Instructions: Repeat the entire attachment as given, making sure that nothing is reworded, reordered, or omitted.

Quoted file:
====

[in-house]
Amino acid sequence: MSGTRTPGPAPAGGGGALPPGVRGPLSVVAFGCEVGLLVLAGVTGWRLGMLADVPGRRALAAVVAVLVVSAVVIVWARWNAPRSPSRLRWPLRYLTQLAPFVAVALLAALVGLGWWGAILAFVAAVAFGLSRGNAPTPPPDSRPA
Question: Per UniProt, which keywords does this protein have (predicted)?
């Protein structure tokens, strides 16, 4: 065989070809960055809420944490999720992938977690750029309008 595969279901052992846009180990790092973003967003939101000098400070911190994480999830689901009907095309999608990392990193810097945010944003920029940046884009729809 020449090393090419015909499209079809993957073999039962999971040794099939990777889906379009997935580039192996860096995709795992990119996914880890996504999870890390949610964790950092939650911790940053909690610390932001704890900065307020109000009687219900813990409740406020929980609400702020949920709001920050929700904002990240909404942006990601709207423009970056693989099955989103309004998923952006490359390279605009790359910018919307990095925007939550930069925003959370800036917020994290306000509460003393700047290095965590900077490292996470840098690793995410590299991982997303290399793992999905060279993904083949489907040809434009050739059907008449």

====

[in-house]
Amino acid sequence: MSGTRTPGPAPAGGGGALPPGVRGPLSVVAFGCEVGLLVLAGVTGWRLGMLADVPGRRALAAVVAVLVVSAVVIVWARWNAPRSPSRLRWPLRYLTQLAPFVAVALLAALVGLGWWGAILAFVAAVAFGLSRGNAPTPPPDSRPA
Question: Per UniProt, which keywords does this protein have (predicted)?
């Protein structure tokens, strides 16, 4: 065989070809960055809420944490999720992938977690750029309008 595969279901052992846009180990790092973003967003939101000098400070911190994480999830689901009907095309999608990392990193810097945010944003920029940046884009729809 020449090393090419015909499209079809993957073999039962999971040794099939990777889906379009997935580039192996860096995709795992990119996914880890996504999870890390949610964790950092939650911790940053909690610390932001704890900065307020109000009687219900813990409740406020929980609400702020949920709001920050929700904002990240909404942006990601709207423009970056693989099955989103309004998923952006490359390279605009790359910018919307990095925007939550930069925003959370800036917020994290306000509460003393700047290095965590900077490292996470840098690793995410590299991982997303290399793992999905060279993904083949489907040809434009050739059907008449």